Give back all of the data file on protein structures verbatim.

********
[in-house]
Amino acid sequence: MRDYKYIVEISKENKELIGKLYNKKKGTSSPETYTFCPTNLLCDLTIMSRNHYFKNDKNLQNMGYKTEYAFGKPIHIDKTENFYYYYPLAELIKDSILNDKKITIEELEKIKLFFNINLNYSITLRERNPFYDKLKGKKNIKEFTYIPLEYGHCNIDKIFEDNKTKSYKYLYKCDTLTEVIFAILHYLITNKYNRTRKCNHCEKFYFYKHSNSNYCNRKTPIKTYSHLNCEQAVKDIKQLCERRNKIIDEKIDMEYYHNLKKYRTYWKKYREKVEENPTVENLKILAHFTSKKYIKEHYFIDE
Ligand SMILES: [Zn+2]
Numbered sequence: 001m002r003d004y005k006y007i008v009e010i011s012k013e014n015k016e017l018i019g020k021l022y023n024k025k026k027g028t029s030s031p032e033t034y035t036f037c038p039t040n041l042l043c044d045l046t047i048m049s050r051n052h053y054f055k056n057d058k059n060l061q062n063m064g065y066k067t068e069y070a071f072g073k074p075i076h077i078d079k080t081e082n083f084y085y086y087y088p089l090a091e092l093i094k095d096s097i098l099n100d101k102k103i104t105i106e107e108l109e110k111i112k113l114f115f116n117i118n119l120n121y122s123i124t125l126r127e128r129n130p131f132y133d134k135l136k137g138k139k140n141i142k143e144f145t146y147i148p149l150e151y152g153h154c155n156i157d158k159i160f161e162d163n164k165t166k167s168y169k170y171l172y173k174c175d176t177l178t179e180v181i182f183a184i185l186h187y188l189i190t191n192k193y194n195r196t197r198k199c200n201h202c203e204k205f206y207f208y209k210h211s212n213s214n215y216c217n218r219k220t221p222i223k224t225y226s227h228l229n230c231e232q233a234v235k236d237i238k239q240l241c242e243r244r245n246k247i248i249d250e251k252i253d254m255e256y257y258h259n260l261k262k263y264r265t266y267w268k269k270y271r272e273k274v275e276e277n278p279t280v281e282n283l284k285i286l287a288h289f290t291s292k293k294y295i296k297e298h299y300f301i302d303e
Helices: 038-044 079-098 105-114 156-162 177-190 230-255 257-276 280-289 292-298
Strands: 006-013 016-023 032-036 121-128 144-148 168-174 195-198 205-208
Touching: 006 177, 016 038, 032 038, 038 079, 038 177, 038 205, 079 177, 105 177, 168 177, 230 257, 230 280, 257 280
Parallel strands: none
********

[in-house]
Amino acid sequence: MRDYKYIVEISKENKELIGKLYNKKKGTSSPETYTFCPTNLLCDLTIMSRNHYFKNDKNLQNMGYKTEYAFGKPIHIDKTENFYYYYPLAELIKDSILNDKKITIEELEKIKLFFNINLNYSITLRERNPFYDKLKGKKNIKEFTYIPLEYGHCNIDKIFEDNKTKSYKYLYKCDTLTEVIFAILHYLITNKYNRTRKCNHCEKFYFYKHSNSNYCNRKTPIKTYSHLNCEQAVKDIKQLCERRNKIIDEKIDMEYYHNLKKYRTYWKKYREKVEENPTVENLKILAHFTSKKYIKEHYFIDE
Ligand SMILES: [Zn+2]
Numbered sequence: 001m002r003d004y005k006y007i008v009e010i011s012k013e014n015k016e017l018i019g020k021l022y023n024k025k026k027g028t029s030s031p032e033t034y035t036f037c038p039t040n041l042l043c044d045l046t047i048m049s050r051n052h053y054f055k056n057d058k059n060l061q062n063m064g065y066k067t068e069y070a071f072g073k074p075i076h077i078d079k080t081e082n083f084y085y086y087y088p089l090a091e092l093i094k095d096s097i098l099n100d101k102k103i104t105i106e107e108l109e110k111i112k113l114f115f116n117i118n119l120n121y122s123i124t125l126r127e128r129n130p131f132y133d134k135l136k137g138k139k140n141i142k143e144f145t146y147i148p149l150e151y152g153h154c155n156i157d158k159i160f161e162d163n164k165t166k167s168y169k170y171l172y173k174c175d176t177l178t179e180v181i182f183a184i185l186h187y188l189i190t191n192k193y194n195r196t197r198k199c200n201h202c203e204k205f206y207f208y209k210h211s212n213s214n215y216c217n218r219k220t221p222i223k224t225y226s227h228l229n230c231e232q233a234v235k236d237i238k239q240l241c242e243r244r245n246k247i248i249d250e251k252i253d254m255e256y257y258h259n260l261k262k263y264r265t266y267w268k269k270y271r272e273k274v275e276e277n278p279t280v281e282n283l284k285i286l287a288h289f290t291s292k293k294y295i296k297e298h299y300f301i302d303e
Helices: 038-044 079-098 105-114 156-162 177-190 230-255 257-276 280-289 292-298
Strands: 006-013 016-023 032-036 121-128 144-148 168-174 195-198 205-208
Touching: 006 177, 016 038, 032 038, 038 079, 038 177, 038 205, 079 177, 105 177, 168 177, 230 257, 230 280, 257 280
Parallel strands: none